Loc: Becket, MA
I agree with Tim on the 2x framing around the foam.

Jay, I'm all for disentanglement too, but what natural building enclosure would allow for that (with reference to mechanicals)?
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#32893 - 04/02/15 11:23 AM Re: Wrap and Strap..how it works? [Re: Snickare]
Jay White Cloud Offline
Member

Registered: 11/06/08
Posts: 480
Loc: Vermont
Hi Tim,

Thanks for that, and I agree time actually appears to seldom allow the "better approach" in the current American market of construction...both mainstream "2x" residential or even our beloved timber framing...

I just left "another" of such projects down south in a vintage timber frame conversion that will be facilitated virtually the same as you just described...

There was 1" antique barn board placed on the frame first, then 4'x8' of plywood, then 2" polyiso foam board as a thermal break, then a 2x vertical on 16" center, then 3" of spray foam, and then (thankfully at least) a rain screen system is suppose to be installed (I am no longer on the project) so I am not sure this will take place.

Now there are already logistical issues with mechanicals and electricals, and the questions of achieving proper ventilation. All of course dependant on expensive HVAC systems to make these augmentations of modernity work, as well as, other logistical planning issues and "tearing through" work already done to achieve both the HVAC and the M/E. Again, more common than not, the trend that some alleged "experts" in HVAC engineering and architecture insist on doing even in the face of overwhelming issues to the contrary.

I am afraid too many buy into the notion that time doesn't allow better planning, as in the long run the other issues seem to far out way good planning and design in the beginning. The "breathable" and "disentanglement" issues, seem to present as actually the path of "good practice" we should go down. These methods of "disentanglement" are actually more common in large commercial work (i.e. skyscrapers, hospitals, etc) than they are in residential here in our markets. Even natural and more sustainable building materials are finding their way in. I am hopeful, as more clients and craftspeople ask these questions, that each project will see more and more shifts in that direction. For the projects that do go fully traditional, natural, and/or sustainable, such a "straw clay slip infills," straw bale, pisť infills, mineral wools, etc, the outcomes are proving more than just good practice, but fiscally better in the long term of durability and maintenance.

Regards,

j
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#32894 - 04/02/15 11:57 AM Re: Wrap and Strap..how it works? [Re: timberwrestler]
Jay White Cloud Offline
Member

Registered: 11/06/08
Posts: 480
Loc: Vermont
Originally Posted By: timberwrestler
...what natural building enclosure would allow for that (with reference to mechanicals)?


It comes down more to a shift in material application and design approach modalities, with more "permeable" materials and not this fixation with building "space ship" (a.k.a. airtight) architecture that doesn't take into consideration all the other environmental-structural events that a building will experience over what we hope would be centuries. Too many builders and manufacturers have a very "short term" views of architecture. I have routinely heard industry leaders in modular (a.k.a. stress skin panel) and modern building state very clearly that there view of modern domestic building has:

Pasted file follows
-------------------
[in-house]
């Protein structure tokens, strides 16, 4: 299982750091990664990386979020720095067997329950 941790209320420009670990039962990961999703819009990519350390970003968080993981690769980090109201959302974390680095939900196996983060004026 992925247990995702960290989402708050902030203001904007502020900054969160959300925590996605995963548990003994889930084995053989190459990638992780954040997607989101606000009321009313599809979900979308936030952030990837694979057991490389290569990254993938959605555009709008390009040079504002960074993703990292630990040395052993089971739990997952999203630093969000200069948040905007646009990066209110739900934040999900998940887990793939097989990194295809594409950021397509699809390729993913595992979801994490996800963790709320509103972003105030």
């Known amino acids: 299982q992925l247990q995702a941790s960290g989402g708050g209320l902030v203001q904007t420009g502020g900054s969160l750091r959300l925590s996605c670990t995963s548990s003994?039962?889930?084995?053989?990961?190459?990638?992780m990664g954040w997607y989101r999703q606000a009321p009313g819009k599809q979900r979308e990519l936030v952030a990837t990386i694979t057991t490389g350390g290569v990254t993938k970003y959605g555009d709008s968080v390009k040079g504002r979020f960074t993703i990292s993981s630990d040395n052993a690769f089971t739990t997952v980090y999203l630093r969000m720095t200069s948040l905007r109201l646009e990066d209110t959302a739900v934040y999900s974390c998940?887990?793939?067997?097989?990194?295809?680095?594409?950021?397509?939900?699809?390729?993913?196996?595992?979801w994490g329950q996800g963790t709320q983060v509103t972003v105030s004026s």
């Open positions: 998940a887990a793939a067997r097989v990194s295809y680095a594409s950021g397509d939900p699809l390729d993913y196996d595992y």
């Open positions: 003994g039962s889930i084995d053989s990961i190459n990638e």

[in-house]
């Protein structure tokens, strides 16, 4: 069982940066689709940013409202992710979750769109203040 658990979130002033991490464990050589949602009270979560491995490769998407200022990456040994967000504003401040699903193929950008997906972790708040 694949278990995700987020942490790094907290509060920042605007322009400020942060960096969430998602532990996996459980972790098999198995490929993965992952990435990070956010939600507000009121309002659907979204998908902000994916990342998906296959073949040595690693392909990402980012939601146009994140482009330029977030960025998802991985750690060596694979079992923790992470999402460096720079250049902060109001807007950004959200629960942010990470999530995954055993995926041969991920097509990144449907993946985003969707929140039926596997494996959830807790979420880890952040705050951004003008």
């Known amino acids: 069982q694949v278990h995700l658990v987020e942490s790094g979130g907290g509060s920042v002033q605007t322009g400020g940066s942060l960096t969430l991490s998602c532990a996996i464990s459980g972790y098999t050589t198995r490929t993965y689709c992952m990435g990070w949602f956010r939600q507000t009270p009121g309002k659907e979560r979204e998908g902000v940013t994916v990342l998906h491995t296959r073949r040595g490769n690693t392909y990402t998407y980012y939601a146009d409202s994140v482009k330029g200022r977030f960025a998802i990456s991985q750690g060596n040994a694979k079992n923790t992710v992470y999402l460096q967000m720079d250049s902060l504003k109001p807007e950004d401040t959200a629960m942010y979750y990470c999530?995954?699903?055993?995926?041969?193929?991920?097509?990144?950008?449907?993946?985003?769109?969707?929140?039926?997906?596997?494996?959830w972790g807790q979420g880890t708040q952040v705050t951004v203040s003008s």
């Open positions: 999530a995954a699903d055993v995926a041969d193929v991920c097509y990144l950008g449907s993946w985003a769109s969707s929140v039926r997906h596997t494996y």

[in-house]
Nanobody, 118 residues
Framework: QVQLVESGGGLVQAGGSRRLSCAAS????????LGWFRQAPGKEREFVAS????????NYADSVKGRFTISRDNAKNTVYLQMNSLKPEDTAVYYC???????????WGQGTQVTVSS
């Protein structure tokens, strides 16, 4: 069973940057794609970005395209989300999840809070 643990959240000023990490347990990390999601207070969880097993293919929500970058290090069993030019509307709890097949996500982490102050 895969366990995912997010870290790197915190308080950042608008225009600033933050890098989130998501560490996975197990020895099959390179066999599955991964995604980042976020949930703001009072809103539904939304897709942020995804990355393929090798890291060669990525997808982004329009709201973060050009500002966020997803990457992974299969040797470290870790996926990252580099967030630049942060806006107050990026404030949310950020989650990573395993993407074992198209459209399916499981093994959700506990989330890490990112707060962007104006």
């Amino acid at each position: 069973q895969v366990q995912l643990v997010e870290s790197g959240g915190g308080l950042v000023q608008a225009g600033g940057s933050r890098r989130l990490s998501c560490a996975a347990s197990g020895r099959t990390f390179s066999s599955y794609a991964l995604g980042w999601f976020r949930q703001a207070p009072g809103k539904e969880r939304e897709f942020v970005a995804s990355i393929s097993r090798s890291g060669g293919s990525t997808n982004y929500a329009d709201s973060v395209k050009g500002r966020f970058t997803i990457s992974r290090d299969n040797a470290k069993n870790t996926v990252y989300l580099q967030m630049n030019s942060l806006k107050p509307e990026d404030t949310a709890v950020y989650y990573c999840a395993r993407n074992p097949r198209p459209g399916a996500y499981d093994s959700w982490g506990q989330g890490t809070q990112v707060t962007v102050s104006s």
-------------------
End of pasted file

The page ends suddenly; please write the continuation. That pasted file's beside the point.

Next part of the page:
"...an economic and viable lifespan of less than 30 to 50 years before major upgrades, interventions and/or augmentation take place..."

This is great for the industry, GC, and Developer (i.e. bank accounts)...It is horrid for the property owner, the architecture and our planet...

Take a rough cut 2x8, stick that in a jig and punch a single plunge mortise (`20mmx50mm) with a standard bit Makita chain mortiser ever 500 mm, then split into a 2x3 and 2x5, gives you a wall truss framing member once spans are added to the desired length, that can now range in thickness from 300 mm up to 1 meter without additional verticals members added. This system of wall truss can more than accommodate a myriad of natural insulative methods as described already from SB to a mineral wool matrix, or others. We can in house manufacture several different forms of wall truss for most projects in less than 2 weeks for the average project in the same pricing window of most (if not all) stress skin systems. These wall trusses also facilitate greater ease in HVAC, H/E, and other augmentation, including future upgrades. These systems do not require (if planned for) the "tear out and through" so many other systems require. This is just but one methods of the "traditional-natural" building movement I have seen or facilitated in the last decade. Just basic web searches into "breathable walls," "natural building" "wall truss systems" (search in German, or in a European Google search can reveal more), cobb, straw bale, etc can really get the "creative juices" flowing in this direction. I for one will not turnkey my own projects anyother way.

Regards,

j
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#32897 - 04/02/15 10:50 PM Re: Wrap and Strap..how it works? [Re: Snickare]
TIMBEAL Offline
Member

Registered: 12/10/07
Posts: 1875
Loc: Maine
Strongly recommend an air exchange system in a wrap and strap building. I have seen examples of owners choosing not to use it due to cost and then they have issues.

An exception would be sections of my own home, where I can walk down a part of my house through a hallway and have snow blow on me. I need to address the issue, until then, I think..... fresh air.